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Archive for the ‘gilles simon’ Category

Everybody’s Doing It.

Posted by gauloises1 on January 19, 2011

First David Nalbandian and Lleyton Hewitt treated us to a five-set battle under the lights on Rod Laver, then Roger Federer and Gilles Simon had to follow suit. In the past both of their meetings had gone Simon’s way – but they hadn’t played since 2008, with Simon struggling with knee problems and plummeting in the rankings before starting to climb again late in 2010. Today looked like it was going to be a straight sets victory, with Federer fairly imperious in the first two sets and Simon’s record against him seemingly set to be relegated to the status of a fluke.

It also didn’t help that he was dressed like an eight year-old being taken on holiday to the Costa del Sol with an all-new wardrobe purchased for him to ‘grow into’.

I’ll confess to dozing through the next set and a half, and things looked a bit different when I woke up, because Gilles was playing the sort of tennis that got him to Masters series finals back in the day. I really don’t know any other player, apart from Andy Murray, who is so good at forcing the opposition to play his way, seducing them into long exchanges which end in an attempt to hit past him out of sheer frustration. For a while there he had Federer on a string, and it was beautiful to watch.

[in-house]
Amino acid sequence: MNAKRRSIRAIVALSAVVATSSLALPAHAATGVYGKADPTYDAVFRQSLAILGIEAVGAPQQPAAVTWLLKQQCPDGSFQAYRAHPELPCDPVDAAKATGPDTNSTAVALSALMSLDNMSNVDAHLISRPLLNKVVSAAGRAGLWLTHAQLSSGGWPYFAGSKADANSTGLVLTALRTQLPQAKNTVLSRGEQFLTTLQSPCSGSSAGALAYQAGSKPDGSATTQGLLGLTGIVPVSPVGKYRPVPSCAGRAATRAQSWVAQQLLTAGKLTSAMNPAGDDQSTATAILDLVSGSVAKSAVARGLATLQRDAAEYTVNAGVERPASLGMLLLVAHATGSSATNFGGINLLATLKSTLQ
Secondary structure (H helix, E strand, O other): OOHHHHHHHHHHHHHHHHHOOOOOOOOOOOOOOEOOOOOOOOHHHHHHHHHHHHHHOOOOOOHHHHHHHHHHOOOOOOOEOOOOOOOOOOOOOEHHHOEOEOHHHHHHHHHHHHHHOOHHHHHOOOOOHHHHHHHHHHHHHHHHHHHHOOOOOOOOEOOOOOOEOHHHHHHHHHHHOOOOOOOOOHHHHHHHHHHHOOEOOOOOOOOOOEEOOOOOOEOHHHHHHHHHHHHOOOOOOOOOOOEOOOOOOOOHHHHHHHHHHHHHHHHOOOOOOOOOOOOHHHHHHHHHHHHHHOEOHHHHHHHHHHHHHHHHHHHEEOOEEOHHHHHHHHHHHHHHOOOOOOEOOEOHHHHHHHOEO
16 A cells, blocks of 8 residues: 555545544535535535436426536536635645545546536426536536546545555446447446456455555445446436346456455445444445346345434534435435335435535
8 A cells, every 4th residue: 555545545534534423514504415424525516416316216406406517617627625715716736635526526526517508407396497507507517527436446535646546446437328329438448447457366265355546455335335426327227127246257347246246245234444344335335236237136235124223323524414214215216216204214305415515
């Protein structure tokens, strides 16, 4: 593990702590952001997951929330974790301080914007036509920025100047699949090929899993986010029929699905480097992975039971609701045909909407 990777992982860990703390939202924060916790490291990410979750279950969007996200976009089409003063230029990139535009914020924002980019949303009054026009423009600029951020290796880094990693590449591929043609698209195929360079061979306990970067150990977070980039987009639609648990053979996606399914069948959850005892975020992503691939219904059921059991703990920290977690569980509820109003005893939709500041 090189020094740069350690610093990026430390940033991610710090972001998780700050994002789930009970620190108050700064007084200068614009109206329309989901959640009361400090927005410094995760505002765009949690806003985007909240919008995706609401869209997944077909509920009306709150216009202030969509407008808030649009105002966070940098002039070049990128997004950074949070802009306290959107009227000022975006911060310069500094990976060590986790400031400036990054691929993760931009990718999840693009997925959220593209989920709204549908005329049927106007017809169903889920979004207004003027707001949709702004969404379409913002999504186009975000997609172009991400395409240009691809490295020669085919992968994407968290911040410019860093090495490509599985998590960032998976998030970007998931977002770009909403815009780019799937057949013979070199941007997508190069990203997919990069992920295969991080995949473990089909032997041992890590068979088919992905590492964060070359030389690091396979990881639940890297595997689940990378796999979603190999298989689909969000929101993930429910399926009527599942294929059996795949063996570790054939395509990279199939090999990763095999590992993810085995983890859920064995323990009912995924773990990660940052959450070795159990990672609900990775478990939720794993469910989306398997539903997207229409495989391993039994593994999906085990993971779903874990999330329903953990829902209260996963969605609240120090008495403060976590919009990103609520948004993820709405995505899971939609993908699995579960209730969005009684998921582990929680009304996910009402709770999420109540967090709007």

Of course, Federer didn’t help himself by sticking with his attempts to hit through Gilles long past the point it was clear it wasn’t working. The man is stubborn, after all, and he doesn’t like looking like he’s adapting to his opponent. There were moments at the beginning of the fifth when it seemed possible for a moment that it actually would go Gilles’ way. Federer was visibly anxious, and went 0-30 down on his serve. It could have changed the course of the match, but Gilles didn’t put the next ball back over the net and from there, Federer pulled himself together and remembered the key to playing against Simon; more angle, less pace and force the Frenchmen to generate winners from nothing. He got the break and that was the match, 63 in the fifth.

By the end, the weathervane that is Mats Wilander in the Eurosport commentary booth was making Federer the favourite for the tournament. I wouldn’t go that far – there’s that Spanish guy somewhere, what’s his name again? – but nor do I think this match means a lot in the context of Federer’s chances. He got sucked in and knocked around for two sets by a Gilles Simon on top form; it can happen. There aren’t too many other players in the draw who can get to him that way, and one of them – Andy Murray – will have to go through Nadal to get to him.

What I did find interesting was the level of visible emotion displayed by Federer – the depth of the jubilation when he got the break and the match in the fifth. Whether it’s the Annacone effect or not, it seems that both in London and Melbourne he’s seemed … keener, more intense, more up for it – even to the extent of being slightly ragged at times (by Federer’s standards). If he does lose in this tournament, it’s not going to be because he comes out listless or flat.